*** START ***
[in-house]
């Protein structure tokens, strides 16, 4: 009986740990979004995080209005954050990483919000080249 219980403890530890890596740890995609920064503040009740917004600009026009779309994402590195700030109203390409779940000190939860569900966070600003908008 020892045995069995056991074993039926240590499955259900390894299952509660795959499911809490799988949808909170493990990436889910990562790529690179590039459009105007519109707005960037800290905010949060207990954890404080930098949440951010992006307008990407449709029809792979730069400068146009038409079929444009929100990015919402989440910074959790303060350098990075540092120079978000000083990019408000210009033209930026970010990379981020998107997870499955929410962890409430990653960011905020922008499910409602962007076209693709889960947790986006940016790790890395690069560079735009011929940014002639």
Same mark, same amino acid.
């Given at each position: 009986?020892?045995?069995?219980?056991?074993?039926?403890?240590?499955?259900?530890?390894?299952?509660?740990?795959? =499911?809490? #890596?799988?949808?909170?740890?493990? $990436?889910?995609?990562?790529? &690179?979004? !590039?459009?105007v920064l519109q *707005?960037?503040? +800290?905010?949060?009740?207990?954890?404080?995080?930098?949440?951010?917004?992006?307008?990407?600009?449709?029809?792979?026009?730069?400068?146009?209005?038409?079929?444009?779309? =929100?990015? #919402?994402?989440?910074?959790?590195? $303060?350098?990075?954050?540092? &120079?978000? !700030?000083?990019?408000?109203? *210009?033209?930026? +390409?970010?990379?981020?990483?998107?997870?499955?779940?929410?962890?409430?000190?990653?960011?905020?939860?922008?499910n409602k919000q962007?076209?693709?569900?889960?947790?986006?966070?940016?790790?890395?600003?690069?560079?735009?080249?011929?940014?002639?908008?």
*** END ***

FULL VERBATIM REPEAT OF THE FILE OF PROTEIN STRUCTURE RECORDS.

[in-house]
């Protein structure tokens, strides 16, 4: 009986740990979004995080209005954050990483919000080249 219980403890530890890596740890995609920064503040009740917004600009026009779309994402590195700030109203390409779940000190939860569900966070600003908008 020892045995069995056991074993039926240590499955259900390894299952509660795959499911809490799988949808909170493990990436889910990562790529690179590039459009105007519109707005960037800290905010949060207990954890404080930098949440951010992006307008990407449709029809792979730069400068146009038409079929444009929100990015919402989440910074959790303060350098990075540092120079978000000083990019408000210009033209930026970010990379981020998107997870499955929410962890409430990653960011905020922008499910409602962007076209693709889960947790986006940016790790890395690069560079735009011929940014002639």
Same mark, same amino acid.
């Given at each position: 009986?020892?045995?069995?219980?056991?074993?039926?403890?240590?499955?259900?530890?390894?299952?509660?740990?795959? =499911?809490? #890596?799988?949808?909170?740890?493990? $990436?889910?995609?990562?790529? &690179?979004? !590039?459009?105007v920064l519109q *707005?960037?503040? +800290?905010?949060?009740?207990?954890?404080?995080?930098?949440?951010?917004?992006?307008?990407?600009?449709?029809?792979?026009?730069?400068?146009?209005?038409?079929?444009?779309? =929100?990015? #919402?994402?989440?910074?959790?590195? $303060?350098?990075?954050?540092? &120079?978000? !700030?000083?990019?408000?109203? *210009?033209?930026? +390409?970010?990379?981020?990483?998107?997870?499955?779940?929410?962890?409430?000190?990653?960011?905020?939860?922008?499910n409602k919000q962007?076209?693709?569900?889960?947790?986006?966070?940016?790790?890395?600003?690069?560079?735009?080249?011929?940014?002639?908008?």